Posted in: Feminism, Culture Wars & Censorship, General Jewish Themes
Published on Jul 17, 2008 by Phyllis Chesler
Wednesday in the Park With Emma
On July 16th, 2008, on a hot and blindingly sunny evening in Battery City Park, I was honored with the first “Emma” Award–no, not an Emmy, an “Emma,” named for the 19th century poet, crusader, humanitarian and Zionist, Emma Lazarus. This was to celebrate her 159th birthday. This first-ever event, was organized by the City of New York Parks and Recreation and by Jewish American Performing Arts.
I wish we had many more Battery City Parks and more European-style parks with fountains, cafes, sculptures, flowers, gazebos, and concerts. Battery City Park was quite glorious. People strolled leisurely, tourists bought postcards, boats glided by, the trees were in full leafy bloom, and the view was grand.
We sat on neat white chairs facing New York Harbor and the Statue of Liberty. Well, not exactly: the speakers’ platform faced the view. This was the first time since 9/11 that going downtown did not sadden me beyond measure. There we sat, right next to a plaque honoring Lazarus and, for good measure, we faced the Statue of Liberty. Lazarus’s poem, “The New Colossus” is famously engraved on its base.
I am not used to being honored; I am used to being attacked for my views. Being honored is nice too. Shalom TV, the first Jewish cable network filmed the program and afterward, Mark S. Golub, the President and CEO interviewed me. He asked the best questions–the ones that are hard, not easy, to answer. When they air the interview I will link to it.
Why Emma Lazarus? Although she came from a wealthy, assimilated, non-religious Sephardic family, she nevertheless heroically dared to champion the “wretched” (mainly religious Russian Jews in flight from pogroms) among her own people at a time when wealthy Jews dared not challenge American anti-Semitism. Between 1882-1883, she wrote a series of essays excoriating America’s largely Sephardic and German Jews for their indifference to the fate of Eastern European Jewry. She wrote:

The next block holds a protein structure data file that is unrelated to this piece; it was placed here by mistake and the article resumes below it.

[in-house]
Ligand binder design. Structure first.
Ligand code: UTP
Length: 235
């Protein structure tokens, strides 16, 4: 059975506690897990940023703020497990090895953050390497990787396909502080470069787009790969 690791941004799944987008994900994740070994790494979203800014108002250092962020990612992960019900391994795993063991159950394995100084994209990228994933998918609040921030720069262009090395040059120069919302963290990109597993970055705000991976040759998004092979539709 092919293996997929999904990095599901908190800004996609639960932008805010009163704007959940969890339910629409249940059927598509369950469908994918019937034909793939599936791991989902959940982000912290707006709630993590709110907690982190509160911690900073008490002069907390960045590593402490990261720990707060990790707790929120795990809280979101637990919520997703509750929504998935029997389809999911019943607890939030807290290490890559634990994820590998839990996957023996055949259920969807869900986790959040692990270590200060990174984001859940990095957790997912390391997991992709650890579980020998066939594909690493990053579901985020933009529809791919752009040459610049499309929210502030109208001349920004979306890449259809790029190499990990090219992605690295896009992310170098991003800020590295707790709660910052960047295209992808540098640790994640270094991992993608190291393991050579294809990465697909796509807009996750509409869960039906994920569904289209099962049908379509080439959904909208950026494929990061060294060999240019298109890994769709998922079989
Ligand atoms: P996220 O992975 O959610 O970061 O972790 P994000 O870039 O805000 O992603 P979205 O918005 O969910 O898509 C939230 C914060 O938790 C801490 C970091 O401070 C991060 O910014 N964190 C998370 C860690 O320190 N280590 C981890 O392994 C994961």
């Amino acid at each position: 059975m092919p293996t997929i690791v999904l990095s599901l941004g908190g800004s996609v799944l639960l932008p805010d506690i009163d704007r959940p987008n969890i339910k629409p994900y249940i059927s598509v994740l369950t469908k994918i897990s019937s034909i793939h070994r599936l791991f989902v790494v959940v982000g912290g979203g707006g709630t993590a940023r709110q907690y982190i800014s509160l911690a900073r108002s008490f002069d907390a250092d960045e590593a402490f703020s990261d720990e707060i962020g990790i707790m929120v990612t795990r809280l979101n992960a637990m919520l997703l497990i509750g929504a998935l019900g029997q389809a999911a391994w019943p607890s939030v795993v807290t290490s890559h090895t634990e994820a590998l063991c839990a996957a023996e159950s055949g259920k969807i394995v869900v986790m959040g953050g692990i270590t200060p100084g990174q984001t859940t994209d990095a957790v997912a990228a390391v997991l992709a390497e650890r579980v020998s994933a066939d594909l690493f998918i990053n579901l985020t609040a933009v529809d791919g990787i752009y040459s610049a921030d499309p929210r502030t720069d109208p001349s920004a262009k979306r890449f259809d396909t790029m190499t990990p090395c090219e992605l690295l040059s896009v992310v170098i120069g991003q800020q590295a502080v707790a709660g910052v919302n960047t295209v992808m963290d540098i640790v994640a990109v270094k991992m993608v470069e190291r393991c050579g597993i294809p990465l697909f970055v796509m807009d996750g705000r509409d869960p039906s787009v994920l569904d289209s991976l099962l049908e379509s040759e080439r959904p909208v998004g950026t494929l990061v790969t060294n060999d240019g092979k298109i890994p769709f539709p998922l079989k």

“Until we are all free, we are none of us free…It will be a lasting blot upon American Judaism, nay, upon prosperous Judaism of whatever nationality, if we do not come forward now…to fail in such an attempt is no disgrace. The disgrace is in not undertaking it.”
Lazarus was also a Zionist and envisioned a Jewish homeland in Palestine a decade before Herzl wrote The Jewish State.
I was among a wonderful group of honorees which, in addition to myself, included the singer Julie Budd, the teacher, Neila Carlebach, the singer/songwriter Basya Schechter, the Broadway producer, Jamie de Roy, the WABC reporter Lauren Glassberg, and New York State Assemblywomen Deborah I. Glick. Cecilia Margulies and Rami Yadid wrote powerful songs and two wonderful singers, Emily Bindiger and Magda Fishman sang them for us.
Howard Teich, a very nice man and a smart man too, was a key organizer of this event. He said that too few women and even fewer Jewish women have ever been honored and that they had conceived of this award as a remedy.
Thank you Jack T. Linn, Assistant Commissioner of Parks, Howard Teich, Co-Chairman, Jewish American Performing Arts Project, Jill Fine Mainelli, Director, Community Resources, Composer Cecilia Margulies, who, early on, envisioned this award, and NYC Dept of Parks and Lashette Williams.
And, thank you Emma!
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